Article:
The hope of building a better future occupies many individuals, families and even companies at the new year often starts with taking stock of the past.
Remember. Adapt. Change. Heal. Progress. Below, a possibility for our potential shared by TAN’s U.S.A. contributor, Frank T. Scruggs.
The Afro News respectfully introduces this piece and asks readers to consider its content across time, as well as across the waters. We continue to remember the incredible upheavals and to look forward to the rebuilding of Haiti as one of the key pieces in the matrix of both the Afric world and the global context.
Tools for Growth in Our Black Communities
Frank T. Scruggs
Community can be a specific country, neighborhood, town or city but
for clarity, Black Community here means the psycho-cultural or spiritual collective of African people throughout world. The issues which should concern us are those of human rights and the effort to overcome and to grow beyond the devastating results of colonialism and effects of racism.
Our survival as African peoples depends on us remaining vigilant and astute in seeking to construct a continuously healthy community. One that offers security, strength and well-being from this moment and to far points in our future. We must ensure that our national leaders and international organizations are responsible for securing our human rights which include but are not limited to protection from genocide in whatever form or shape; protection in actuality rather than merely reported news or academic studies. Assuring a future for our children means freedom from modern enslavement and prostitution from those individuals and transnational crime organizations involved in human trafficking. Yes, many world communities of every hue are concerned with immigration and migration, food security and fresh water, economic security and cultural security. We know, as the world’s black community we now have the tools at hand to start securing the right to better lives and working through these concerns.
Our community is called on to continually better our ability to respond by obtaining the necessary education, job skills, training and other legitimate means to improve our own human capital. We are also well advised to come together as a community to practice the principle of Ujima, or collective work. This naturally evokes the responsibility to demonstrate that we need not fear being overtaken by corruption by adoption of Ujima guiding principles.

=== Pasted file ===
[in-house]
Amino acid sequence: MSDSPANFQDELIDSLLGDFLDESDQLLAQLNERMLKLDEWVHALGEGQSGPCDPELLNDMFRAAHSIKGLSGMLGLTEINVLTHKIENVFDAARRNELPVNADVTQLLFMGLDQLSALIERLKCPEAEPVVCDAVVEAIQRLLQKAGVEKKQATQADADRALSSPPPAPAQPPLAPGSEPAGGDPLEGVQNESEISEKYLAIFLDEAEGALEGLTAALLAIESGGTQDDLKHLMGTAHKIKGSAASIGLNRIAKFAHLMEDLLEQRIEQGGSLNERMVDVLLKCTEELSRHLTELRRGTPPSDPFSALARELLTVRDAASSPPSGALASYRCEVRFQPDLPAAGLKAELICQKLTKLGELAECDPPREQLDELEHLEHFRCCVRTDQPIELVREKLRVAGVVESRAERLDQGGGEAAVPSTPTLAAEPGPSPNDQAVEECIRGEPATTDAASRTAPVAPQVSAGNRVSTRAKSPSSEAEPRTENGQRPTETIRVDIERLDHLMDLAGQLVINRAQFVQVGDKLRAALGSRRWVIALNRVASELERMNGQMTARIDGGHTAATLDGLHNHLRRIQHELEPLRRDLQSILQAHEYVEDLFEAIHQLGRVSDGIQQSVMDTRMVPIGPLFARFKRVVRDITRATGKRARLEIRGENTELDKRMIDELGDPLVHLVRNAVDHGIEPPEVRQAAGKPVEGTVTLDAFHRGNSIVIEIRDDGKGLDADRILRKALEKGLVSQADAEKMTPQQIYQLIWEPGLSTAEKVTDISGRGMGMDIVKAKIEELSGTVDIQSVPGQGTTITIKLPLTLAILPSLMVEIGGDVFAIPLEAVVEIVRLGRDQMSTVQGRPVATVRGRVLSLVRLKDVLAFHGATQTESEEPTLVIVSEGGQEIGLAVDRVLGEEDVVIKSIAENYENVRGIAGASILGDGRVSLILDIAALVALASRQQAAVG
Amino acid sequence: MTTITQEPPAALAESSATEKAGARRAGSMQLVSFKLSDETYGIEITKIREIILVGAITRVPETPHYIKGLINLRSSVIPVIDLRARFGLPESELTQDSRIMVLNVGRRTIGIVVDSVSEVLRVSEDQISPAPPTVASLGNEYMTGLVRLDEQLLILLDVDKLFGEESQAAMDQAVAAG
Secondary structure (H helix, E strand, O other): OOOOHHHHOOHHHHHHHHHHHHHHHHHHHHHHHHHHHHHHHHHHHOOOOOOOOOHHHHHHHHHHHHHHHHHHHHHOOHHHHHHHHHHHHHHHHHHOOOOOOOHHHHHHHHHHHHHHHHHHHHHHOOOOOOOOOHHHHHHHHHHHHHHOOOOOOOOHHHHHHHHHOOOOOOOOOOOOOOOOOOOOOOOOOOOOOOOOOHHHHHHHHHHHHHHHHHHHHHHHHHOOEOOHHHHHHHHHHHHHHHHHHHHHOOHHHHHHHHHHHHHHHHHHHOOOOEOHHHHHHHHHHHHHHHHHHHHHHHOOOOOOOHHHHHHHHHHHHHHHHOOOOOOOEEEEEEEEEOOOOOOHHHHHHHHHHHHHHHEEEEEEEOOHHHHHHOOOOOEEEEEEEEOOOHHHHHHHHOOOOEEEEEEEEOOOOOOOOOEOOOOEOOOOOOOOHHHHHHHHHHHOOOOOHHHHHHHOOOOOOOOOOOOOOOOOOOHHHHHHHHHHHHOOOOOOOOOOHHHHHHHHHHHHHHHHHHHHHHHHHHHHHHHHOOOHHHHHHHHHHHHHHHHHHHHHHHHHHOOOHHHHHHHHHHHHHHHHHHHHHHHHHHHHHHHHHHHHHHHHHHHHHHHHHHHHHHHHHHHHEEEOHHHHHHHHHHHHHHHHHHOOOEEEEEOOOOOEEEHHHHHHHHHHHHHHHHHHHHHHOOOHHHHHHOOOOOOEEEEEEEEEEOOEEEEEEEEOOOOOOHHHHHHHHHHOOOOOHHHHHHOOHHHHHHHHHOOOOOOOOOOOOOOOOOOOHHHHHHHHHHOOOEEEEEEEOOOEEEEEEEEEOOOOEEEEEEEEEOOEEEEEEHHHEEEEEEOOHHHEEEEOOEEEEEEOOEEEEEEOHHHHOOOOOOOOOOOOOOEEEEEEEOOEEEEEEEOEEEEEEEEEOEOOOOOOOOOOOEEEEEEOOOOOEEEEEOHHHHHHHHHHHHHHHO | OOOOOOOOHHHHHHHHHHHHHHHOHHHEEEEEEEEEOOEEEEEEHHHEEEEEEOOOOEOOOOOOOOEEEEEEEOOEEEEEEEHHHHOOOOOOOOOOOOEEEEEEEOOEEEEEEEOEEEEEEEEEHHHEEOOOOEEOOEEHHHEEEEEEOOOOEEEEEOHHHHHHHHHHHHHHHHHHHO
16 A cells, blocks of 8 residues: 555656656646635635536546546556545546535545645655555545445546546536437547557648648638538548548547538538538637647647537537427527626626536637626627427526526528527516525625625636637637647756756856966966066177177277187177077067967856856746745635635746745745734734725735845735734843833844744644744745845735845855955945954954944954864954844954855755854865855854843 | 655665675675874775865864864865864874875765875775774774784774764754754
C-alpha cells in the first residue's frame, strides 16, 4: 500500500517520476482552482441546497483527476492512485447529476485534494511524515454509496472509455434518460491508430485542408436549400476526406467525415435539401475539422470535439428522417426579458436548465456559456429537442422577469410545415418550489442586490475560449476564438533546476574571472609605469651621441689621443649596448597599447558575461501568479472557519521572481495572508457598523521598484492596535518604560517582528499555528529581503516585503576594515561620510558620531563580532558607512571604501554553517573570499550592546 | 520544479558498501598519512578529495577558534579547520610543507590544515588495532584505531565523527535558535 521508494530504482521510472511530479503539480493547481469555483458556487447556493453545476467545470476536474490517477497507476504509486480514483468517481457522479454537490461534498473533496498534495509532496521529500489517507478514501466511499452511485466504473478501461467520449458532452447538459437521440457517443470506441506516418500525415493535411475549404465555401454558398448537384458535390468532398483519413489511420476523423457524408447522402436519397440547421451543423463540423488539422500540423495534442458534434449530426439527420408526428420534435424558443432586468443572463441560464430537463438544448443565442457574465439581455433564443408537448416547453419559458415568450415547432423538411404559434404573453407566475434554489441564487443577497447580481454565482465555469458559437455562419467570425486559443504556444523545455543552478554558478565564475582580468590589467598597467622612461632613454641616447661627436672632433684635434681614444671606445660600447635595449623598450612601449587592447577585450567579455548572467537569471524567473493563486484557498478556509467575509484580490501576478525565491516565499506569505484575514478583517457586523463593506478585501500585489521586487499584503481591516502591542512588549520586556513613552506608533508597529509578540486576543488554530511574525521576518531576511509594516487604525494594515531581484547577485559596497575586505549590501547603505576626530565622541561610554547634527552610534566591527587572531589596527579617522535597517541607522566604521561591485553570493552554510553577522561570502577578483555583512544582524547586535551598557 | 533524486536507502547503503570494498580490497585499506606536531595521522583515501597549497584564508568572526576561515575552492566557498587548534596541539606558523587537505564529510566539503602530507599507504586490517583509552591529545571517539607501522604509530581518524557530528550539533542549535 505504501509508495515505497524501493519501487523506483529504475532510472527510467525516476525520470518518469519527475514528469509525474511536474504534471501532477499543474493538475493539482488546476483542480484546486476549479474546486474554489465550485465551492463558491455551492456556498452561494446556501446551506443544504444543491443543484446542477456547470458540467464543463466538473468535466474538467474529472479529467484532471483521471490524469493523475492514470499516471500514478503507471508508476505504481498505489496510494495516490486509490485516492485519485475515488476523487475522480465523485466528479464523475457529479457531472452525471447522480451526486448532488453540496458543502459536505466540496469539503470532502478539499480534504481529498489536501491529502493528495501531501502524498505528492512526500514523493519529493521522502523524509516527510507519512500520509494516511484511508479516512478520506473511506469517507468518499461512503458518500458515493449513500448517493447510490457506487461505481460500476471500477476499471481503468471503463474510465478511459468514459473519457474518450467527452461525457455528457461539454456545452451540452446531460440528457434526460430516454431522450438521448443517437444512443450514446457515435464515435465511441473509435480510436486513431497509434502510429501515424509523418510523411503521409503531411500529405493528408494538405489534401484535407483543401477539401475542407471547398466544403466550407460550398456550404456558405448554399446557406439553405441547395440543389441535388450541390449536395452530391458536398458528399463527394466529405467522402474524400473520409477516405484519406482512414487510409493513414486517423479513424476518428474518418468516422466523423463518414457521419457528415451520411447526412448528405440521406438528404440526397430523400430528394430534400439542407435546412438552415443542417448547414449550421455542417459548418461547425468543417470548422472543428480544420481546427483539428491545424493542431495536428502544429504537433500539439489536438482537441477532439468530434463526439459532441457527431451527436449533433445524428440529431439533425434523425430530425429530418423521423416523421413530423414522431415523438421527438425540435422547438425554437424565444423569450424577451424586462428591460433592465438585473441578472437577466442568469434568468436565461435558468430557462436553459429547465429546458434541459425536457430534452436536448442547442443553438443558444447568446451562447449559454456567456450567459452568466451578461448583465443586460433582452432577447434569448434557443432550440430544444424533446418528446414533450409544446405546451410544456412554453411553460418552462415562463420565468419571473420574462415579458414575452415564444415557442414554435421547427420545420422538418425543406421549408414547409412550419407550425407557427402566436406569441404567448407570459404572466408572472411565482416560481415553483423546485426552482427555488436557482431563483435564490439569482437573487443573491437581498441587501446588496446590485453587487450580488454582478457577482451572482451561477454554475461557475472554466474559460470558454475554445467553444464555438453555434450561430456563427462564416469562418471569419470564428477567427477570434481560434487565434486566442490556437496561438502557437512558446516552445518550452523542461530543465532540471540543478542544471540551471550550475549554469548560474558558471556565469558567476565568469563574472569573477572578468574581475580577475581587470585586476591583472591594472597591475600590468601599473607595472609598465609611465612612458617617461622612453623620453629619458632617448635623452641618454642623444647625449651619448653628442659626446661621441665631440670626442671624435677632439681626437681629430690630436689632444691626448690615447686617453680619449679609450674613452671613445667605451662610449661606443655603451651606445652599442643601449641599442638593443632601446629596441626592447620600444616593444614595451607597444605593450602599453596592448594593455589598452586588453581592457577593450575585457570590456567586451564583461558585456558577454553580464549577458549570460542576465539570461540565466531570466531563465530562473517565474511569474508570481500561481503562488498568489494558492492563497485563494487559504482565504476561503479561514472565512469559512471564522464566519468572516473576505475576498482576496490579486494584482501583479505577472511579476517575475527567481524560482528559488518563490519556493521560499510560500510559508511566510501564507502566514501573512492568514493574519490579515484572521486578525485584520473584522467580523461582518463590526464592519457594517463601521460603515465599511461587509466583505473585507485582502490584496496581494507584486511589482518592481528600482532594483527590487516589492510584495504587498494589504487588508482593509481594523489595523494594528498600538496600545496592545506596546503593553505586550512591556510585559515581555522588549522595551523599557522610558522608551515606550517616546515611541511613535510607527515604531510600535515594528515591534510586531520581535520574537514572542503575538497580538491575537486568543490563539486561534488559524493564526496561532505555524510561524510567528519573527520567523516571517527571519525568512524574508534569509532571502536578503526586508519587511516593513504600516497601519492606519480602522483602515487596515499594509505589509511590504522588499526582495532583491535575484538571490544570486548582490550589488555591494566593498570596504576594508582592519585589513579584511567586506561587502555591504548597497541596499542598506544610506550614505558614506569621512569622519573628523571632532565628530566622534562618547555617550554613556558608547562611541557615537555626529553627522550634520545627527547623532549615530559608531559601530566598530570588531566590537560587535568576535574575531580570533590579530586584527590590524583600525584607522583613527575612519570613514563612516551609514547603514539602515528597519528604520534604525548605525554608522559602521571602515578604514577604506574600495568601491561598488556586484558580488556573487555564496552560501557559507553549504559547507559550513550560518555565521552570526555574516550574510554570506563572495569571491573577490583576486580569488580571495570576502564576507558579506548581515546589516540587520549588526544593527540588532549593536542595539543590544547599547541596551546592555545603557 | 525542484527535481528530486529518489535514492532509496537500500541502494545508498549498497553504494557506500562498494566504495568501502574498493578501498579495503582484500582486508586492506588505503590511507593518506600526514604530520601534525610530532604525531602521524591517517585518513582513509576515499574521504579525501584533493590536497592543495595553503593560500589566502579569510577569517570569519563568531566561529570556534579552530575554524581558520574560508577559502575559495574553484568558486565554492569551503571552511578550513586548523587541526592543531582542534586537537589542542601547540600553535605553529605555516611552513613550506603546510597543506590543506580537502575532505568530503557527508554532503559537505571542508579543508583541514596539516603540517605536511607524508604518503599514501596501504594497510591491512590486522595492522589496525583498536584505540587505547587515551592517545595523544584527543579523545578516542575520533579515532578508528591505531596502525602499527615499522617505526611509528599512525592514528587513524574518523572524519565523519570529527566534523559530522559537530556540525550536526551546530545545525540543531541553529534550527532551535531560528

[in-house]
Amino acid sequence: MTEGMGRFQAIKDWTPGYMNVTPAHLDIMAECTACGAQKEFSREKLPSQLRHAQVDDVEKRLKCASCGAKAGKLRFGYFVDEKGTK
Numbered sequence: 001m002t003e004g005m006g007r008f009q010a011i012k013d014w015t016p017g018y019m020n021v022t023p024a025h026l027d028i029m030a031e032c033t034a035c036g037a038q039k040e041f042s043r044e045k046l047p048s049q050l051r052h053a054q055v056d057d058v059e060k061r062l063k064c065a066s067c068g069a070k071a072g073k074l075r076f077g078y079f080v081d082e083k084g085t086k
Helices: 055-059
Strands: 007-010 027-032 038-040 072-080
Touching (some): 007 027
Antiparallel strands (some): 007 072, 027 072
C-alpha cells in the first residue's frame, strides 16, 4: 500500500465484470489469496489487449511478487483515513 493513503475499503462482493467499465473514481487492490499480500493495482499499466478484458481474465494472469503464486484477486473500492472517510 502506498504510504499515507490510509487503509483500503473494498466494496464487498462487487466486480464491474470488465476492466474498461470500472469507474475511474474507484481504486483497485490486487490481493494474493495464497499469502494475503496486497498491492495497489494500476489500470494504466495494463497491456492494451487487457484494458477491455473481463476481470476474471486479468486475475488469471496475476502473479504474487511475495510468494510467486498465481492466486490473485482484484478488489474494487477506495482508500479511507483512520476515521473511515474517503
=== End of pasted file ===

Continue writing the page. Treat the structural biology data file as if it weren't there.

Maulana Karenga has stated that, “Ujima, as a principle and practice, also means that we accept the fact that we are collectively responsible for our failures and setbacks as well as our victories and achievements such a commitment implies and encourages a vigorous capacity for self-criticism and self-correction.” Another Afro centric value that needs to be mentioned here is Ujamaa, or cooperative economics. Ujamaa stresses sharing wealth and working to achieve a measure of wealth that is evenly distributed. When Karenga discussed the principle of Ujamaa, he said; “[Ujamaa] grows out of the fundamental communal concept that social wealth belongs to the masses of the people who created it and that no one should have an unequal amount that it gives him/her the capacity to impose to impose unequal, exploitive or oppressive relations on others.”
Looking ahead at a future in which African people will forever have a presence in the world effort necessitates being an active part of the equation within and outside of our own community. Sharing information with one another is a start.
Interested in further exploration? Looking at organizations such as the United Nations helps us to understand complex issues such as human rights issues at www.un.org . And www.humanrights.com issues of slavery and human trafficking can be researched and explored at www.interpol.int. The tools for growth begin with understanding our issues and then seeking education of individuals in all aspects important to building healthy communities. In this way the fruits of our efforts will always be felt collectively. Keep the conversation going and share your thoughts and comments with each other and me too…Contact me at firstname.lastname@example.org